Informing adoptive applicants of proposed placement meeting and making a contact agreement
Updated: 01 July 2017
What's Important To Us
In all of our interactions with families when facilitating an adoptive placement, it is the child’s life-long feeling of belonging that is at the centre of our attention. Where birthparents and adoptive parents share some common ground and mutual understanding, this is likely to promote the development of relationships between them and build a foundation of trust for future contact, an enduring kinship network and ultimately the child’s comfort and confidence in knowing who he or she is.
Informing chosen adoptive applicants
Following the birth the birthparents will need the opportunity to experience and acknowledge the reality of their child and review their previous plans and decisions. They may then request you to approach the adoptive applicants they have previously selected to tell them that they have been chosen to adopt this child. Remind the birthparents that there is no guarantee at this time that the applicants are in a position to accept the placement.
Telling adoptive applicants that they have been chosen to adopt a child is a very important and emotional experience for them and not a conversation which can be properly accomplished by telephone. While contact has to be made by ‘phone in the first instance, this should be to arrange a meeting in their home or in the office. Delay the interview if necessary until both partners are able to attend and the circumstances allow for effective communication. Keep in mind that applicants may be too overcome with emotion to be able to take everything in so allow time for discussion and repetition.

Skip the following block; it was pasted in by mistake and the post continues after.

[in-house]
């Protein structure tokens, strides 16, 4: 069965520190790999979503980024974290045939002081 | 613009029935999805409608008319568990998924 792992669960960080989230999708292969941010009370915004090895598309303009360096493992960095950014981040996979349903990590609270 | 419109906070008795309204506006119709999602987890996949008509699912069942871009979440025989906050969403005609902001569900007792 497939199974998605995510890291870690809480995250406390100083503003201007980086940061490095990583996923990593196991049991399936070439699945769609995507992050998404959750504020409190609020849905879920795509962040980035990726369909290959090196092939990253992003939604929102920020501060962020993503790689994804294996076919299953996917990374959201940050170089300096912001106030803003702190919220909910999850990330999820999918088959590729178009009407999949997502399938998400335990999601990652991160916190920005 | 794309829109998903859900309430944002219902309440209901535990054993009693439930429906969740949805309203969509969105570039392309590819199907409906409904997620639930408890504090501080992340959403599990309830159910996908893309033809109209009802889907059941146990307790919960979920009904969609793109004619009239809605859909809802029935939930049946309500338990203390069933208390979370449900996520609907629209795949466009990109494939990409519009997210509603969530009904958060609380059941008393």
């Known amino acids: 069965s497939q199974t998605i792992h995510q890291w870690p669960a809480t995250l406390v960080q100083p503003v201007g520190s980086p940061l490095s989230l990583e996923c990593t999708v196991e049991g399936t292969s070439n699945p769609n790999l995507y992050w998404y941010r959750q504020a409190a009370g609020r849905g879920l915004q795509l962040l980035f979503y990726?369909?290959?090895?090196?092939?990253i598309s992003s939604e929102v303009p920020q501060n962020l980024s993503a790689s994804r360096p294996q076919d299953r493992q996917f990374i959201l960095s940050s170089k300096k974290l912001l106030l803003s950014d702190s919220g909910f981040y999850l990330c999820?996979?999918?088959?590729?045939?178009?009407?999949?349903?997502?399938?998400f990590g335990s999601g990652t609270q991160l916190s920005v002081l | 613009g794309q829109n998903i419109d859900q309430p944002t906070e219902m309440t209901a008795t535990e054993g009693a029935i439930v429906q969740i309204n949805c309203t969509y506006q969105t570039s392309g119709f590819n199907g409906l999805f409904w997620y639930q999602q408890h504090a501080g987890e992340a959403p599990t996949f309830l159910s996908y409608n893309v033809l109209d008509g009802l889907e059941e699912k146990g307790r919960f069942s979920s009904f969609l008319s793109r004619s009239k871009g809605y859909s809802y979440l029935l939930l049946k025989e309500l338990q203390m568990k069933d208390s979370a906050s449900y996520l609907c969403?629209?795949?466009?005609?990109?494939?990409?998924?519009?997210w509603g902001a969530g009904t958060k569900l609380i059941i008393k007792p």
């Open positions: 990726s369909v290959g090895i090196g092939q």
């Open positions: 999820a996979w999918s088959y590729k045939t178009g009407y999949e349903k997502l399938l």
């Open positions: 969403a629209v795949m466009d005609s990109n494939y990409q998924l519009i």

The adoption as a proposal
Approach the task of telling the applicants in the form of a proposal and not as a fait accompli. They have a decision to make as well. Carefully and tactfully ascertain that this is an appropriate time for placement of a child. The applicants may have to make sudden and drastic changes in lifestyle and employment, or forgo long planned arrangements.
Ensure that their circumstances have not changed in any way which would affect the birthparents’ choice of their profile or the court’s likelihood of granting an order. Sensitive social work is required as any serious health matters or crises in their lives should be known at this point and not only emerge later when reporting to court. Ideally, there should be no surprises if good liaison has been kept up with waiting applicants. It is not unknown, however, for applicants to put off revealing a pregnancy, until it is sufficiently advanced to be secure.
Inform applicants carefully of any particular features of the child’s health, suggesting they obtain professional opinion and consult their own doctor if there is any need. Assure applicants that they are free to consider the facts and accept or decline to proceed with the placement.